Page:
IFFA 2013

Robotic future for de-boning lines

By Nicholas Robinson

- Last updated on GMT

Related tags Robot Iffa Processing equipment & plant design

‘Humanoids’ replacing human beings on meat processing lines could be possible within three years, and the director of Japanese automated de-boning robotics company Mayekawa is set on it becoming reality.

Shin Maekawa told GlobalMeatNews.com​ at the international trade fair IFFA that it was his goal to produce a humanoid – robotic human – to de-bone meat by IFFA 2016.

Although the company started as a humble Japanese family business in 1924, dealing with refrigeration, Mayekawa has since delved into the world of robotics on a scale akin to car manufacturing. The company’s booth at IFFA was testament to that, with a prominent display of a pork de-boning unit, with fully functioning robotic arms.

Maekawa said: “We started the food processing business with chicken leg de-boning and then moved onto pork de-boning six years ago. The first thing we did was ham de-boning and the second machine was pork shoulder de-boning last year.”

He added that sales had been “slowly coming in”​ and that “they do cost a lot of money”​. He added: “It is much more hygienic to work with robotics. Contact from the human hand is only limited and there is the saving on the cost of employees.”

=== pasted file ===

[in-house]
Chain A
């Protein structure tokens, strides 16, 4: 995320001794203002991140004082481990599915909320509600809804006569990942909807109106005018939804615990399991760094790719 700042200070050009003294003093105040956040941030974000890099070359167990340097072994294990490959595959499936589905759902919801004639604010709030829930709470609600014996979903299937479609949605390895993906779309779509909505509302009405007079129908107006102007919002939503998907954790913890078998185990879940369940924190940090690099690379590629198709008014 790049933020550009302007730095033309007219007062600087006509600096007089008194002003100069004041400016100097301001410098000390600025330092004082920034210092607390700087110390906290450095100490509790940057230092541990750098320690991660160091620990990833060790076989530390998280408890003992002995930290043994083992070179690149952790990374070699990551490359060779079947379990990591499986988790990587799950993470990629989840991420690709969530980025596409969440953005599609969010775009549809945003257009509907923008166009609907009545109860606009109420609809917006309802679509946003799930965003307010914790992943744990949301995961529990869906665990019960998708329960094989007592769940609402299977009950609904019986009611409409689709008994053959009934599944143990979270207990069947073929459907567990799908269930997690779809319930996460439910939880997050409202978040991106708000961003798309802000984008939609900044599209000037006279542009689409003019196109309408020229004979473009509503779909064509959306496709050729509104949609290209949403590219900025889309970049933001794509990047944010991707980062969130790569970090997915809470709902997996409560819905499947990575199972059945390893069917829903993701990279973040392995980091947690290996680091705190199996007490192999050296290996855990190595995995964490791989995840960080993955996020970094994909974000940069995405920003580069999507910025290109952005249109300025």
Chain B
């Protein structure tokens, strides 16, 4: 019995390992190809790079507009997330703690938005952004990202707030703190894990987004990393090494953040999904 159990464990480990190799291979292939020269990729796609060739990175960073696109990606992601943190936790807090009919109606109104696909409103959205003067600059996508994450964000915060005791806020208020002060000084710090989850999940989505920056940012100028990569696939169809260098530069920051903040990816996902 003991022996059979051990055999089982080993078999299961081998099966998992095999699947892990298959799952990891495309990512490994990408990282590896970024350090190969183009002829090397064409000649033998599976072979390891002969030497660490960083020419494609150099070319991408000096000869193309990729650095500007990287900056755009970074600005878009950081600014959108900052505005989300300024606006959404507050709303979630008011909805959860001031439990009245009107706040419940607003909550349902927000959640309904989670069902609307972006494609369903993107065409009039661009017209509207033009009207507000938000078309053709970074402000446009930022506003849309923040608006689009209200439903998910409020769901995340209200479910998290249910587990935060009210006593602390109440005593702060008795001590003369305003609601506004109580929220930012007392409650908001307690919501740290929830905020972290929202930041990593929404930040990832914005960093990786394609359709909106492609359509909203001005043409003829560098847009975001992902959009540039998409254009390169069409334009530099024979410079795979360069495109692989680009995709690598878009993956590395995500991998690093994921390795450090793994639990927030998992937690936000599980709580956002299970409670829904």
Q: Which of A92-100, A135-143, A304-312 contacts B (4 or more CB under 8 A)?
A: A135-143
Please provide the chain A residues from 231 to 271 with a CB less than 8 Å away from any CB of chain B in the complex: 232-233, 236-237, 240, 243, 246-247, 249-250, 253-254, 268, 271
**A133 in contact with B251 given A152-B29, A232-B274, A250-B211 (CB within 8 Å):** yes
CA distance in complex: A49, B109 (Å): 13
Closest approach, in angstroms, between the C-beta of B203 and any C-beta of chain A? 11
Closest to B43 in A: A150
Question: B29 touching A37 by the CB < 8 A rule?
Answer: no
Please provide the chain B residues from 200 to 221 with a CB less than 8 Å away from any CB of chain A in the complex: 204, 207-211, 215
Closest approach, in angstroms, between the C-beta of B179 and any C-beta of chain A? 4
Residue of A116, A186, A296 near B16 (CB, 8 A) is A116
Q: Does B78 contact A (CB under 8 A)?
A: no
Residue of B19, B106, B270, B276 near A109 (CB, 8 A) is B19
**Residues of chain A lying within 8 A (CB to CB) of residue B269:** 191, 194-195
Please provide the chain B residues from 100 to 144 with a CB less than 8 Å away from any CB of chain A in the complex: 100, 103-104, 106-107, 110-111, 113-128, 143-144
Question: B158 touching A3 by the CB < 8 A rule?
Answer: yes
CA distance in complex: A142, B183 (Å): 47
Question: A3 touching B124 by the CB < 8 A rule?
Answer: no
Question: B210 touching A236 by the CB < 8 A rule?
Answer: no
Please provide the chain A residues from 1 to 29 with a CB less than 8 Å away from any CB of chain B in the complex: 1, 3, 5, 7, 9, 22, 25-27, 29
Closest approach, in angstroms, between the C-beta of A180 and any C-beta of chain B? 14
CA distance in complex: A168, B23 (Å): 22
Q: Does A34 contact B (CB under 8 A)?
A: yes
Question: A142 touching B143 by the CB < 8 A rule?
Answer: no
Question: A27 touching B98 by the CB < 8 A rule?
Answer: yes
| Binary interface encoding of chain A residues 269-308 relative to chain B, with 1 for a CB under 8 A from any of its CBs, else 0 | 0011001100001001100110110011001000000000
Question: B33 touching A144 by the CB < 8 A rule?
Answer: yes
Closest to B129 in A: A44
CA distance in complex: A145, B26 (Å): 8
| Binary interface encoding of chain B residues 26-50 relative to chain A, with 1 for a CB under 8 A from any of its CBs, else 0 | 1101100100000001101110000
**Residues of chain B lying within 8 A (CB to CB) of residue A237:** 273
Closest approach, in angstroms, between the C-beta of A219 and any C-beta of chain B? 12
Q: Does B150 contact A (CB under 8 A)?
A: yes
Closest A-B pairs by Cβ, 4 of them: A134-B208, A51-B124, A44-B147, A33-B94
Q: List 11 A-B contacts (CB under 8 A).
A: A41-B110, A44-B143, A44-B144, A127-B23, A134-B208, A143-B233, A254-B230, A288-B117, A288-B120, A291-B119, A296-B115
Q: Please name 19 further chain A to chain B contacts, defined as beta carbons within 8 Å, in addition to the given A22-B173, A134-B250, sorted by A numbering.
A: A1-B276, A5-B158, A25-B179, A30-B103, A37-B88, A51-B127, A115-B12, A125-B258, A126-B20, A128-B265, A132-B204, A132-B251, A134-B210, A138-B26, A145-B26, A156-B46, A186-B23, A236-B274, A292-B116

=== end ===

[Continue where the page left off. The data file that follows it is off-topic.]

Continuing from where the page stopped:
Lean ideas

Meanwhile the similarities between the car and meat industries have been paralleled in the past and both the UK and the USA use “lean” manufacturing techniques to save on employee costs. “That is where we got the idea from,” Maekawa said. “We are the only company in the world to use car manufacturing robotics for de-boning.”

The car manufacturing technique was not adopted straight away, however, He explained that only six years ago, when the company moved into pork de-boning, the first machine was primitive-looking in comparison to the shoulder de-boner. “We thought that was not good enough and we invented the pork shoulder de-boning robot and then put x-ray in to look at the meat. Using x-ray allows the robot to cut as close to the bone as possible.”

He also said the pork shoulder de-boning robot is five times more efficient than a human de-boner and, with the addition of pressure sense, the robot can feel how hard it is cutting. As a result the robot now has three senses: touch, sight and feel.

Back to the future

The next generation of de-boning robots Maekawa is working on will be even more human in appearance. “We want to put humanoid-like robots, with two arms and two eyes, on to the line,” he said. “This idea came from one of the difficulties of space when putting in large de-boning machines, but the humanoids would take up much less space and could bone more than one type of meat.”

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